Metro’s previous annual average base pay of $65,612 ranked Las Vegas officers sixth among the forces of 17 comparable Western cities -- higher than Seattle, Phoenix and San Diego, and a whopping 38 percent higher than the $47,482 police base pay in Salt Lake City.
When cost of living variables are taken into account, Metro salaries already ranked 14th among the nation’s 200 largest departments.
And base pay pales before "total annual compensation,” which already works out to $56.18 per hour.
Now, with the newly approved four-year pay hikes, average Metro base pay will increase to $79,948 -- before overtime, benefits, and other bonuses. Metro police officers’ average hourly compensation (currently $56.18) will increase to $68.45, which is equivalent to $60.74 for national comparison purposes when adjusted for the valley’s higher-than-average cost of living.
Yes, police often perform a trying and unpleasant job -- though, for the record, being a cop on patrol is statistically not as dangerous as hard-rock mining, driving a taxicab, or working an Alaskan fishing boat. And that’s before we even discuss all the “sworn” police officers who slave away at desk jobs, or processing permit applications.
Whether police “deserve” to be paid so much more than the average taxpayer who pays the bill would draw us into a lengthy discussion of whether we really need 80 percent of the laws on the books, and thus whether we really need all these cops to enforce them.
But surely we can point out that the current police pay arbitration procedure -- as laid out, here in the Silver State, by Nevada Revised Statutes 288.200 and particularly 288.215 -- is broken.
Clark County’s negotiators do at least deserve credit for fighting to save taxpayers some money -- money which they properly argue will be needed when other public employee unions come forward in the near future for their share of the pie. The approved contract actually saves taxpayers about $17 million, when compared to the 26.5 percent, four-year hike sought by the Las Vegas Police Protective Association, representing 2,600 Las Vegas police and corrections officers.
But arbitrator R. Douglas Collins of Hermosa Beach, Calif., made it clear in his 15-page ruling that “The final offers of both parties exceed the projected increase in the CPI for the duration of the agreement,” which various sources set at 2.4 to 2.5 percent annually.
The arbitrator thus strongly implies he might have chosen an even lower final figure, if it had been offered to him.
So why on earth did the municipal governments offer 21.85 percent, if there was a good chance the arbitrator might have accepted something less?
The answer lies in the peculiar procedure stipulated by NRS 288.215, which requires that the arbitrator choose one of the parties’ final written offers in its entirety.
Against common sense, the arbitrator is not allowed to reach a compromise number between the two requests -- he must choose one or the other.
Thus, negotiators for the municipality worry that any “low-ball” offer will be rejected out of hand, leaving the arbitrator no legal option but to grant the union every penny it demands.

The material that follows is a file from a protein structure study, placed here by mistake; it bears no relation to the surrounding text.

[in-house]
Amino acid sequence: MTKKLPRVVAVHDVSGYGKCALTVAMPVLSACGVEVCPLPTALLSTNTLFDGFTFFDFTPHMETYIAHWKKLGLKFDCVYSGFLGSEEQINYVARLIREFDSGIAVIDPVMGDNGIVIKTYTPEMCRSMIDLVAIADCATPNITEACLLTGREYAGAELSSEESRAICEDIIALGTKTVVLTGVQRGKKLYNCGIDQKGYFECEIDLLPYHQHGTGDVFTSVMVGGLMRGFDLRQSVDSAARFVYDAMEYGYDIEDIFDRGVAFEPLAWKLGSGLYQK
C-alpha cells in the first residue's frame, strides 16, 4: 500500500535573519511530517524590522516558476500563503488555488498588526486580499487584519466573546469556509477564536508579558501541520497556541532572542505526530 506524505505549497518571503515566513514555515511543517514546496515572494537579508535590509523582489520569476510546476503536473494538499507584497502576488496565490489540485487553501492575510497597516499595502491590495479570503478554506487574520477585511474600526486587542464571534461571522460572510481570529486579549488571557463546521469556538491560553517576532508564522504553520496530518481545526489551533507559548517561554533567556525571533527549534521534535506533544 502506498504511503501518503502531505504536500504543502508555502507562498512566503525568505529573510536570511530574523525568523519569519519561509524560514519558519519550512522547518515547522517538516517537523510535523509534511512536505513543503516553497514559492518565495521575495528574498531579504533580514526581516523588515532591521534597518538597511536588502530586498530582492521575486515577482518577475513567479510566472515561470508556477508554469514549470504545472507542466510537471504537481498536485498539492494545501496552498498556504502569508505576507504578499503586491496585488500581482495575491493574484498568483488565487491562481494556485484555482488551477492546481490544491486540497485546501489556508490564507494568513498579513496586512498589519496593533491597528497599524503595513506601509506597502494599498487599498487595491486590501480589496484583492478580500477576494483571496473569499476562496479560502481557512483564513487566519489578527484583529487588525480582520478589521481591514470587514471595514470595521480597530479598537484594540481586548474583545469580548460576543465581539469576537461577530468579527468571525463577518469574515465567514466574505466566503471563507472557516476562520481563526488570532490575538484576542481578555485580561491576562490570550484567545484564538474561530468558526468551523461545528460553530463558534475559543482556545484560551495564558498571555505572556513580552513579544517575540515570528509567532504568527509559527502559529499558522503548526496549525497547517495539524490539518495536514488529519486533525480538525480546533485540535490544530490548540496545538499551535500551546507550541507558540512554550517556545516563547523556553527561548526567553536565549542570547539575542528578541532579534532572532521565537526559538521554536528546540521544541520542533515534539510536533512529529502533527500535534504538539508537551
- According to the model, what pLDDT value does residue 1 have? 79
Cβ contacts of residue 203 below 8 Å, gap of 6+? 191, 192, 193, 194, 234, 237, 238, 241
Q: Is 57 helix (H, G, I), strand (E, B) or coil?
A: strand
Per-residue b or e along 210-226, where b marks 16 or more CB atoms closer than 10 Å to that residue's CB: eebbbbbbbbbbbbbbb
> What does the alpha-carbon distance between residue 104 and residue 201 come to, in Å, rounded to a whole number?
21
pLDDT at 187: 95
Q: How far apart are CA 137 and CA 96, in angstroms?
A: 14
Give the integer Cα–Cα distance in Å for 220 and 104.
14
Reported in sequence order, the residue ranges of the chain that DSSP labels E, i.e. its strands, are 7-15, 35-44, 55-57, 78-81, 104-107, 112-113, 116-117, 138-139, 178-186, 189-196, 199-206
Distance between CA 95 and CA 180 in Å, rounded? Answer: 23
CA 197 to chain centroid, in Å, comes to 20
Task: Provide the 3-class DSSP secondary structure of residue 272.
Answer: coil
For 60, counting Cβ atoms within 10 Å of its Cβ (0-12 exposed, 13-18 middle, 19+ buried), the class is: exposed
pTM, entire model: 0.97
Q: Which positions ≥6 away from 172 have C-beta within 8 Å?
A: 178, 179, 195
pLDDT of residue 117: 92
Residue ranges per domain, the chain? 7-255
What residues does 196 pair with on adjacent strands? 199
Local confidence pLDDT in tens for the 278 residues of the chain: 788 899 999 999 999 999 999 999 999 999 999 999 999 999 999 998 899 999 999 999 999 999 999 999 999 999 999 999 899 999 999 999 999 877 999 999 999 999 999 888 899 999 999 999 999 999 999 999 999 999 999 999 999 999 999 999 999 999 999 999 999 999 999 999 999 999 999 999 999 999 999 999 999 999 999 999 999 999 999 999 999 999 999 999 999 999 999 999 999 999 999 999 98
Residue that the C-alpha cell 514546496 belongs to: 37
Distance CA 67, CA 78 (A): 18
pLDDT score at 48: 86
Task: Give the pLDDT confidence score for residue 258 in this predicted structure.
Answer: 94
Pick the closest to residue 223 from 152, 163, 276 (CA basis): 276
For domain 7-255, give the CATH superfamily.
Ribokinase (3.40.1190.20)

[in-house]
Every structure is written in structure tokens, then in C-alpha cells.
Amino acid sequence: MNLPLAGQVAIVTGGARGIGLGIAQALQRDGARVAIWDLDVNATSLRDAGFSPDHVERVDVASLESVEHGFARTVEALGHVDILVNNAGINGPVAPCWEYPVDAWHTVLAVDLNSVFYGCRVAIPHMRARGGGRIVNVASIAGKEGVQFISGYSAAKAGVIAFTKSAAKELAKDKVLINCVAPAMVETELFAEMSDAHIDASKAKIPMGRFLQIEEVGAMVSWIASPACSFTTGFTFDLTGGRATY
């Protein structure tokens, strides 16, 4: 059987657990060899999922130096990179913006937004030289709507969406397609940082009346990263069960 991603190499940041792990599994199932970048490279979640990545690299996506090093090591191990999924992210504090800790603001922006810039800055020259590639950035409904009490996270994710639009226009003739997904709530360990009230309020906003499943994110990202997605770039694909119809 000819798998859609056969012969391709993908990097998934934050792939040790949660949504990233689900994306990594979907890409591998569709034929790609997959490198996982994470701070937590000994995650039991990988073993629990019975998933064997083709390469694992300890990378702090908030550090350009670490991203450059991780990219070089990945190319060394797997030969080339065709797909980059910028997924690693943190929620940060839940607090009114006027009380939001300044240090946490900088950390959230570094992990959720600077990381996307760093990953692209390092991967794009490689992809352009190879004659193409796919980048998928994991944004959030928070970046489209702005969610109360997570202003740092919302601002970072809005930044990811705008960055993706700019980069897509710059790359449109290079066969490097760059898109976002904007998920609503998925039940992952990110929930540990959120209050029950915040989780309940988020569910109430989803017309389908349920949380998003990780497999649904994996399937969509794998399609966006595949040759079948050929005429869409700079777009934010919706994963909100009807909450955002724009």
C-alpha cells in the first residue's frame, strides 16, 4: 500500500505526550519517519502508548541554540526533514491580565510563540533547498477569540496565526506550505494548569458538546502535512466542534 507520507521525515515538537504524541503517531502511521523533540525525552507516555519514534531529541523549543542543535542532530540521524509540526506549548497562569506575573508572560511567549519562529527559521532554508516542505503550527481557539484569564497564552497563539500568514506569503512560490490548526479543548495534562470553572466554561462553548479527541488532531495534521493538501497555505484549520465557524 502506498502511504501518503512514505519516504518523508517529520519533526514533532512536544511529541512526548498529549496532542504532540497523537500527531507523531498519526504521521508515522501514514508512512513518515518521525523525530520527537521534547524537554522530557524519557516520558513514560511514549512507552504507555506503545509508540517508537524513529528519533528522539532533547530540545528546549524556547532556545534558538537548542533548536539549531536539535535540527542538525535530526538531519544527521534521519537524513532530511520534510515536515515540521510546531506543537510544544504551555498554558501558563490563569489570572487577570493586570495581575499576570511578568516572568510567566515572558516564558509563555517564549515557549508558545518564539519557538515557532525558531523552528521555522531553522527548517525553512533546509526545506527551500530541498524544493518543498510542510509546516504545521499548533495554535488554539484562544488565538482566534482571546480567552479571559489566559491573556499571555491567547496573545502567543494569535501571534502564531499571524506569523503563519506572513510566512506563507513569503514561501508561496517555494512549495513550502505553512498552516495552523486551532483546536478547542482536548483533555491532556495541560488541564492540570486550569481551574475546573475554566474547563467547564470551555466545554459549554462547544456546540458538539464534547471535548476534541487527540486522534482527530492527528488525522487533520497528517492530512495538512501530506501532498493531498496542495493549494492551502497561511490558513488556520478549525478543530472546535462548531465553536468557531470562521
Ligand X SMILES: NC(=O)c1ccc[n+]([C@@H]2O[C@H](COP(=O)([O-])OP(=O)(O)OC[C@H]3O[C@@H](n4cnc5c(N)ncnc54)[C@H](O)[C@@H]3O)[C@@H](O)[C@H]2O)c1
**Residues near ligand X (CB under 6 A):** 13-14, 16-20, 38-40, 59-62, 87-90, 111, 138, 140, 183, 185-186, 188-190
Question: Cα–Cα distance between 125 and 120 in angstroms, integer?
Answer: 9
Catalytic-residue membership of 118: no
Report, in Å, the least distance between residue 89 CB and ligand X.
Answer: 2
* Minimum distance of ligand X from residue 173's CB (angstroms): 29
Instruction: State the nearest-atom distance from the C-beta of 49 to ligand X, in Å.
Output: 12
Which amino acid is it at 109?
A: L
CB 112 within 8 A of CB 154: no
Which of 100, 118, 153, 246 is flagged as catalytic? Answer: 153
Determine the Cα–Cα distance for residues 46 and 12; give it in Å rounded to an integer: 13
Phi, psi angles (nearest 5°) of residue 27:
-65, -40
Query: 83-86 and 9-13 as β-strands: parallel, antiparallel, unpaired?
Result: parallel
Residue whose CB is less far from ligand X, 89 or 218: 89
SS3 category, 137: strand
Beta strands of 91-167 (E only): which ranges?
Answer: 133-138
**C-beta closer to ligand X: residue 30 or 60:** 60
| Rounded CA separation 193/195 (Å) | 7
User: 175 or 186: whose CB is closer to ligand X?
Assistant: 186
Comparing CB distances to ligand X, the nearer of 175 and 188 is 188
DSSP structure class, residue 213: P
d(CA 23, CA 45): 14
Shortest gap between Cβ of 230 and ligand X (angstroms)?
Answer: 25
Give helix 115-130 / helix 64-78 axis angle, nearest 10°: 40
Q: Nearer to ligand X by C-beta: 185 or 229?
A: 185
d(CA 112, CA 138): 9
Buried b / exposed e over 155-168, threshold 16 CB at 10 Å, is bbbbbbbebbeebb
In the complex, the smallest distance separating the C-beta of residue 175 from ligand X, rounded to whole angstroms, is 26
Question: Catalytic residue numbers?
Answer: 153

And not without reason.
After stipulating that “the financial ability of the local government” to pay must be determined, the law is vague as to what “normal criteria” the arbitrator shall then use to reach a finding. (Arbitrator Collins specifically makes note of that vagueness.)
In the past, this has created a perception that some arbitrators will simply grant any union request that the government “can afford.”
Imagine being told at the supermarket that you’re going to be charged considerably more than the register total for your groceries, since it’s been determined you “can afford” it.
In the free market, of course, customers facing such a demand would simply walk out and find another grocery store. But the public is not allowed to go somewhere else to “buy their police services.” Thus, no free-market discipline is allowed to creep into this endless ratcheting upward of government worker compensation -- including that of firemen and police.
In a classic case of circular reasoning, only the pay scales of other government police agencies (busily being jacked up through similar exercises) were considered -- not the pay scales of private firms that undertake work comparable to that performed by some workers under this contract, whether that be guarding prisoners, filling out accident reports, or processing paperwork.
The fact that there is no “market” for police services is precisely why NRS 288.200 -- and particularly 288.215 -- need to be rewritten (at the very least), allowing arbitrators greater latitude to settle on numbers between the parties’ offers, thus encouraging the guardians of the public purse to propose more modest pay hikes, or even (heaven forfend) a pay freeze.
After all, it’s not the taxpayers, but the government, that creates “inflation” by making up so much new “legal tender” out of thin air. So why should the minions of government be buffered from this phenomenon, at additional taxpayer expense?
Or is someone again going to argue that a family for whom just one wage-earner is reeling in average annual total compensation approaching $100,000 “can’t afford a house”?